I have worked with countless, unhappy people in my life. I’m not a therapist, but I’ve found myself in the role of asking people very personal questions, getting personal answers, and giving counsel. When things are going badly for people, I have yet to give them the advice, “Well, if you want to feel better, you should go into a room, alone, and spend 3 hours on Facebook/Twitter/Instagram/Pinterest/Whatever-new-site…. After that, you’ll feel centered, invigorated, and more like yourself.”

I work in rural Alaska, and so invariably, I ask people, “when is the last time you went to camp? When was the last time you took a walk? Or went fishing, or to pick berries?” Its a re-centering based on values. For me, I play baseball. That's where I know what’s going on around me, and it brings me back to my entire childhood of culture and connectedness. I played every day of the week except Sundays growing up. Its what I do when I want to feel grounded.

Now, I’m not saying that everyone is broken, thus needing fixing, and the answer to fixing is unplugging. Or baseball. But, without self-control and self-restraint, a personal communication device can become a buffer between us and really living.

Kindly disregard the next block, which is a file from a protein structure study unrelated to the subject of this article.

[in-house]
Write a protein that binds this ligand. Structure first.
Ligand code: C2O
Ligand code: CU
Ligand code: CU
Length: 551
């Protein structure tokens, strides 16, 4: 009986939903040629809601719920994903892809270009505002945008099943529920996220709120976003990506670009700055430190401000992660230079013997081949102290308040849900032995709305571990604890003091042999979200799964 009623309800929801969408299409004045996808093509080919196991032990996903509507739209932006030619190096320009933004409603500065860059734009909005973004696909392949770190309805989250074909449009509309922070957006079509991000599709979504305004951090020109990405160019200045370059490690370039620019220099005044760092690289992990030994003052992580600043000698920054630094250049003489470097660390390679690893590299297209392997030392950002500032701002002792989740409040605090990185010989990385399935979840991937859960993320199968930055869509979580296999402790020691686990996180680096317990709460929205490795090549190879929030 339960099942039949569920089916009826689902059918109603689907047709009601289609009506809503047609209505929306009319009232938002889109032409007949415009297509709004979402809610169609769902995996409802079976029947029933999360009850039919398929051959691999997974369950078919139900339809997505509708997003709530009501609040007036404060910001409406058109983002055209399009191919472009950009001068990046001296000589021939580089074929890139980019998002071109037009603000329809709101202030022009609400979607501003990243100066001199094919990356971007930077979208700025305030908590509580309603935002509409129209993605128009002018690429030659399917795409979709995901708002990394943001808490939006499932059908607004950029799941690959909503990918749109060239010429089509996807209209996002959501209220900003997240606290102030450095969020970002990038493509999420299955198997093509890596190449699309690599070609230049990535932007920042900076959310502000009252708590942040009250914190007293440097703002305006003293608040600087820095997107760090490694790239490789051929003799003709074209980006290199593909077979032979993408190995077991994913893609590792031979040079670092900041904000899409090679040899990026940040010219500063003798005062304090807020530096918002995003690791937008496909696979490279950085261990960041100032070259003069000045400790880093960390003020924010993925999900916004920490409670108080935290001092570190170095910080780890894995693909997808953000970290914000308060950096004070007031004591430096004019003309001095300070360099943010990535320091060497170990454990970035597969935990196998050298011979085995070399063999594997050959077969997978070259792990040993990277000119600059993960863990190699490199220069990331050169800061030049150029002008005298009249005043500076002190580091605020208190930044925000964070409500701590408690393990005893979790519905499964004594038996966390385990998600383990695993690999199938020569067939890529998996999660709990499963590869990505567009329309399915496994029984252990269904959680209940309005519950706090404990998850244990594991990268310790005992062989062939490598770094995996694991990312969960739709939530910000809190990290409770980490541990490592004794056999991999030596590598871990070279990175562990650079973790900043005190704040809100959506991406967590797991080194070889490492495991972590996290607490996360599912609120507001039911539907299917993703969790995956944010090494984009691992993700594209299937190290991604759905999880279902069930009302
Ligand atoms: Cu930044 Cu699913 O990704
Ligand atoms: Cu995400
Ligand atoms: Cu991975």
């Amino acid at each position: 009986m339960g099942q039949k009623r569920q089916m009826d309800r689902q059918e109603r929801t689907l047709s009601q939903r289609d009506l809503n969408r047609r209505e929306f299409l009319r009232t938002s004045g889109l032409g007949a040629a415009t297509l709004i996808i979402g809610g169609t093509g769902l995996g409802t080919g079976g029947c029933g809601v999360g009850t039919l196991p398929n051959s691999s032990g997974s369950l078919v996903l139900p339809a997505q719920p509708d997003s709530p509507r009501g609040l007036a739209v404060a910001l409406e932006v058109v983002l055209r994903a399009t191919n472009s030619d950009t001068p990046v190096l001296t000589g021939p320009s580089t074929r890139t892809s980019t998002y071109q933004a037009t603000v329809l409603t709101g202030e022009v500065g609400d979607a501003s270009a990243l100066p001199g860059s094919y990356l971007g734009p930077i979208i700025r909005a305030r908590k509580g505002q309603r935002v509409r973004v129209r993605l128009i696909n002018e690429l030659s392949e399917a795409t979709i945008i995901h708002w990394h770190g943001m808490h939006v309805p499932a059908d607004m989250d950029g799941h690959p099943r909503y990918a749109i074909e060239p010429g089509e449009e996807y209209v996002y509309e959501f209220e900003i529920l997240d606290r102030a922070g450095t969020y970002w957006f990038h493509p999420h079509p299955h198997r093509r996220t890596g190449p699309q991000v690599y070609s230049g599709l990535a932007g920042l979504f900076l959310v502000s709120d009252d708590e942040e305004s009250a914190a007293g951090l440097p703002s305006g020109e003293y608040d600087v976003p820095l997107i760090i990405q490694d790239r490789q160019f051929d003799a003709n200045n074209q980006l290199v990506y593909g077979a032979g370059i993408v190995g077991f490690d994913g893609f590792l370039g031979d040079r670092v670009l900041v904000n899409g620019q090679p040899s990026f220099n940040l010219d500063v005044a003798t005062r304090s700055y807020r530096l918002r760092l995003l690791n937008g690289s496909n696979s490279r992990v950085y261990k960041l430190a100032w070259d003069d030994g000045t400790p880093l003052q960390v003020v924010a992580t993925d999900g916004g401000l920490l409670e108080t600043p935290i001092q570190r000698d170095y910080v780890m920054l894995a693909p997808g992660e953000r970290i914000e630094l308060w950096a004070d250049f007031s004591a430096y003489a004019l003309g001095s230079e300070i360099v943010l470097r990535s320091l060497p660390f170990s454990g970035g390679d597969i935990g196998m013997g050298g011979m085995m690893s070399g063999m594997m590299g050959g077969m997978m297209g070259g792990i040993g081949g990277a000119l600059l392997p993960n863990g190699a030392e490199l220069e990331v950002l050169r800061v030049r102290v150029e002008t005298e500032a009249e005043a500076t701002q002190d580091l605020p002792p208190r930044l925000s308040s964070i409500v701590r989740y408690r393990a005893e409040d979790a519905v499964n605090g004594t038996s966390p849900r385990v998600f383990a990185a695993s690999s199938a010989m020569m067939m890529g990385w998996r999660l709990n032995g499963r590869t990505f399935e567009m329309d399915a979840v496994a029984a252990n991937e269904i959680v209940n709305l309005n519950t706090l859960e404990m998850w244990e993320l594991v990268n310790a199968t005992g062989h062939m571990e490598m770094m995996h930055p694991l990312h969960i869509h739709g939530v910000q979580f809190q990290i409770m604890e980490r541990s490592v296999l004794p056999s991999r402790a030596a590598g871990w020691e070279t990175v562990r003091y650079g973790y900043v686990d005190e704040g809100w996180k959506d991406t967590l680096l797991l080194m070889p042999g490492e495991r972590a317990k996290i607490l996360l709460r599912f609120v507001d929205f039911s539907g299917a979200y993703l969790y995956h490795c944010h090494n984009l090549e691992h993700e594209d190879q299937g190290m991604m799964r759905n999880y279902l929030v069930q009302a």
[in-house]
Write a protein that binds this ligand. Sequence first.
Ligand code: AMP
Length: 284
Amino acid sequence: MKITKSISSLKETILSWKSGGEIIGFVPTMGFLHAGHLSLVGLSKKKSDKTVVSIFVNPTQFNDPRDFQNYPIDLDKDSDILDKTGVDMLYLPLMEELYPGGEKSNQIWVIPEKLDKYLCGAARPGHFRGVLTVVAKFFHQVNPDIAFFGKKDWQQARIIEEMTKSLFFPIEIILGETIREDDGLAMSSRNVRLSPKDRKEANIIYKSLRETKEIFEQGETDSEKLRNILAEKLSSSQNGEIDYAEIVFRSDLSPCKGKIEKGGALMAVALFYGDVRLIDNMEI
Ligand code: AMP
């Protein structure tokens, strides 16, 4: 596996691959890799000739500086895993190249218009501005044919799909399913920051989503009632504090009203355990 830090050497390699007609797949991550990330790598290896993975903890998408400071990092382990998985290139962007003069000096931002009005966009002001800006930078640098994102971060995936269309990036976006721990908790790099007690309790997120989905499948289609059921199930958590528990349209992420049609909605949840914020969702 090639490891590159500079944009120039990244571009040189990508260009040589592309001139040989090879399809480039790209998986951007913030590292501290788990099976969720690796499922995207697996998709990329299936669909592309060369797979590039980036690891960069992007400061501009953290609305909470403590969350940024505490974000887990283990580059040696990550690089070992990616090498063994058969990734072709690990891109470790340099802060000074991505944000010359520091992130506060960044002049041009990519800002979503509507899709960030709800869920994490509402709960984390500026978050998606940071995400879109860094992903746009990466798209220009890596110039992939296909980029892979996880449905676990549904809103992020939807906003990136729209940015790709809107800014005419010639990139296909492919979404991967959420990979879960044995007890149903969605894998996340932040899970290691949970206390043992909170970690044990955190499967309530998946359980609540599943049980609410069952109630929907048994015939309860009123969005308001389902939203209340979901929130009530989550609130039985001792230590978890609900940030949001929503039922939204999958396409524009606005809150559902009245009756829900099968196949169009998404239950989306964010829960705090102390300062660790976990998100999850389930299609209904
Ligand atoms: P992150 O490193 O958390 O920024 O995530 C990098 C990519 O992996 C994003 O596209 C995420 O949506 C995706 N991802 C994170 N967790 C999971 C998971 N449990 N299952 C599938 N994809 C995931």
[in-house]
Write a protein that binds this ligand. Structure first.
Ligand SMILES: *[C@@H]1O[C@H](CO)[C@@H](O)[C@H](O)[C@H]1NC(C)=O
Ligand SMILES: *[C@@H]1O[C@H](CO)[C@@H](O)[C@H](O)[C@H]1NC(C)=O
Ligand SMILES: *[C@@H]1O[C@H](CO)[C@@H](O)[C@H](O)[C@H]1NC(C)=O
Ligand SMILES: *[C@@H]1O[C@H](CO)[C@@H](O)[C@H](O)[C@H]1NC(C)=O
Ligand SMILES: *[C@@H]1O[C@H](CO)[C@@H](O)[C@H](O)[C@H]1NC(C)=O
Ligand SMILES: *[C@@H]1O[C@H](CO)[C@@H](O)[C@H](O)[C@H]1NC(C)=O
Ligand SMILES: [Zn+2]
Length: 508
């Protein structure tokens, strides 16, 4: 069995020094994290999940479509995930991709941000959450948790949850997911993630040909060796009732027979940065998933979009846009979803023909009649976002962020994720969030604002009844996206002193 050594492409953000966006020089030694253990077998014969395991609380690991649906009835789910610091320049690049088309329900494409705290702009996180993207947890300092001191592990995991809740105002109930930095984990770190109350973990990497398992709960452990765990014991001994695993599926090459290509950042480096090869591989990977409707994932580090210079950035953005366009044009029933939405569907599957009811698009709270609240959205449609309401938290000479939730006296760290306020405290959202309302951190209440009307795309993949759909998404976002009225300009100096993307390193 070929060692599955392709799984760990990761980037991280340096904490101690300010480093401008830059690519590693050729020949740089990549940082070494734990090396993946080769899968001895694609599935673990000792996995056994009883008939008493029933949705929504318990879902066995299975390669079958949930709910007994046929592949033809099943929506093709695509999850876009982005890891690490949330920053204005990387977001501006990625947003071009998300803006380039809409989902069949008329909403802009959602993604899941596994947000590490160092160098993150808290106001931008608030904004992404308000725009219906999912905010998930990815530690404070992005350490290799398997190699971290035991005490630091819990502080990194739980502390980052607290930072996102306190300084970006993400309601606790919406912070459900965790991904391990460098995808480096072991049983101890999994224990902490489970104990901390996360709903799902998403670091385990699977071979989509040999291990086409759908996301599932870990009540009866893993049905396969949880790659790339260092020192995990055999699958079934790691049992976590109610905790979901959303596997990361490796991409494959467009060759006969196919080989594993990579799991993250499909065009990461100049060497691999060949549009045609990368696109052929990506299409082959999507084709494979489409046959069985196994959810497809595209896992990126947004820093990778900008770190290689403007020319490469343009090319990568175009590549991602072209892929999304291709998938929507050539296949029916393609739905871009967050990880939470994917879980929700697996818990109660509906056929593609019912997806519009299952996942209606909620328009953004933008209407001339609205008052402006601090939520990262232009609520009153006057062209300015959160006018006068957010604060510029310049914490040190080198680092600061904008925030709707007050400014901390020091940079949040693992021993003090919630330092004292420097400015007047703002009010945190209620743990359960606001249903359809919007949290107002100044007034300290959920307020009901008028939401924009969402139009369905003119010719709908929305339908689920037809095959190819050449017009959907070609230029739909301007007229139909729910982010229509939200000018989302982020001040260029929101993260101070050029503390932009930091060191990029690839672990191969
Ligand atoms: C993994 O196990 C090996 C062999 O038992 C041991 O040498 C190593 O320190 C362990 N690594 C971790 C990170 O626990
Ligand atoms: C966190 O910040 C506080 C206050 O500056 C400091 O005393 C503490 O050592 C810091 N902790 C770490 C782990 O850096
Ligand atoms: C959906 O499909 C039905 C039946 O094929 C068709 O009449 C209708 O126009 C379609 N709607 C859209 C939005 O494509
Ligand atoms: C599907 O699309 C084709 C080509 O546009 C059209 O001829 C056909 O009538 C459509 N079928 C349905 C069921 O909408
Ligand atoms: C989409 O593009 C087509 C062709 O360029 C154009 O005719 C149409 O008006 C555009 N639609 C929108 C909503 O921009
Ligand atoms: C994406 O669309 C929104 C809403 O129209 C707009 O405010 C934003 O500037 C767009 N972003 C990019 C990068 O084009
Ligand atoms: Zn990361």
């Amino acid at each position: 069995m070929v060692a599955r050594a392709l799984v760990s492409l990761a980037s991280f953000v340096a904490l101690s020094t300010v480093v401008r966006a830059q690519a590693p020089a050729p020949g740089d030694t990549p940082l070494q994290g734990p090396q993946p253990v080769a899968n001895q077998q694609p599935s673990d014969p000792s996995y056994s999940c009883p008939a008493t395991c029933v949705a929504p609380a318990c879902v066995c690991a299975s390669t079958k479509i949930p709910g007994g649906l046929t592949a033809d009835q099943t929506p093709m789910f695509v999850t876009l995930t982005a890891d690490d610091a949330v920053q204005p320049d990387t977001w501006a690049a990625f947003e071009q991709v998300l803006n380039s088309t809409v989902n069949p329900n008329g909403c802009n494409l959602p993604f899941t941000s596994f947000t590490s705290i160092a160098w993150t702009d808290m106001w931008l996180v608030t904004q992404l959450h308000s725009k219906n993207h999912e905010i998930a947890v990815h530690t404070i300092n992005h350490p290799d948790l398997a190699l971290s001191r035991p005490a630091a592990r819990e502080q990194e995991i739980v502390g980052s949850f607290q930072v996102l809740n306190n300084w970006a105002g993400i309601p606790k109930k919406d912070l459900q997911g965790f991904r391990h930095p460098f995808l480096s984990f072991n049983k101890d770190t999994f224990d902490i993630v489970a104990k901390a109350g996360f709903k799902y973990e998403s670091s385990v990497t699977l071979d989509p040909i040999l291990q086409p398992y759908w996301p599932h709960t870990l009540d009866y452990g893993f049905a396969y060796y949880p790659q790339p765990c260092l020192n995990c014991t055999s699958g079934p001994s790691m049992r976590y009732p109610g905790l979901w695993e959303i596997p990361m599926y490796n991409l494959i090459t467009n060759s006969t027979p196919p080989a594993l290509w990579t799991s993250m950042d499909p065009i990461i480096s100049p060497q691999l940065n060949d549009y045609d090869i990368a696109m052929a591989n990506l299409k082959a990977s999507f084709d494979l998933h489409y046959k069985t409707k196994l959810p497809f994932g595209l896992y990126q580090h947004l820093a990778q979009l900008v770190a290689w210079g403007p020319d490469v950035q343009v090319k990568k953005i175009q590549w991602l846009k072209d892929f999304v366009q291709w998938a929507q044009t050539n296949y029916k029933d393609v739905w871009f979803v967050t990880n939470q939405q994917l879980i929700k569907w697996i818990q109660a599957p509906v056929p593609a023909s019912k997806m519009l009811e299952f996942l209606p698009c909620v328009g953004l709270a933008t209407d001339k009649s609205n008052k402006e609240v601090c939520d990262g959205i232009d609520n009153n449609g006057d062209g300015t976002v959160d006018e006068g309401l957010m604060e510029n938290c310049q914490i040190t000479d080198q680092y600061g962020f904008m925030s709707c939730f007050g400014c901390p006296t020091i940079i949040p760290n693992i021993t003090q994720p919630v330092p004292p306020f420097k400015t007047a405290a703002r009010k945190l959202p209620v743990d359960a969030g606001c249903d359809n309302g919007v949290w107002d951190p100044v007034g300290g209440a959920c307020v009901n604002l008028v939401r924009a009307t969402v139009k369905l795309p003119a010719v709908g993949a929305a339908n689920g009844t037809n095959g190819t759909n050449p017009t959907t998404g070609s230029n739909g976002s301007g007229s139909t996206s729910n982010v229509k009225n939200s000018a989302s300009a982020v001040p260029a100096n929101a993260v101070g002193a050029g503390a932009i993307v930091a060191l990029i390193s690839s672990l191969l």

After a 3rd place finish at a tournament where we lost the first 2, we then won 6 in a row in kind of a softball twilight zone- my team and I got to the point where we didn’t know which field we were supposed to play on, who we were playing, sweaty socks and muddy uniforms forgotten- just a bunch of grown up boys playing a game. We lost the semi-final game, not even knowing we were one win away from the championship. Purely living in the moment. We’d been through the war together. And yet, at dinner afterward, when we sat down at this delicious sushi-grill, where you pick your ingredients and this master chef tosses his grill-tongs around in front of you- my teammates were glued to their phones, checking in.

Did they actually experience what had happened? Or was their phone getting in the way of them really experiencing life and sharing the experiences with compadres en la lucha? How do we comfortably straddle the modern world of connectedness with the tried-and-true traditional values of face-to-face time? (which is different from “Facetime.”) What is the appropriate level of jacked-in?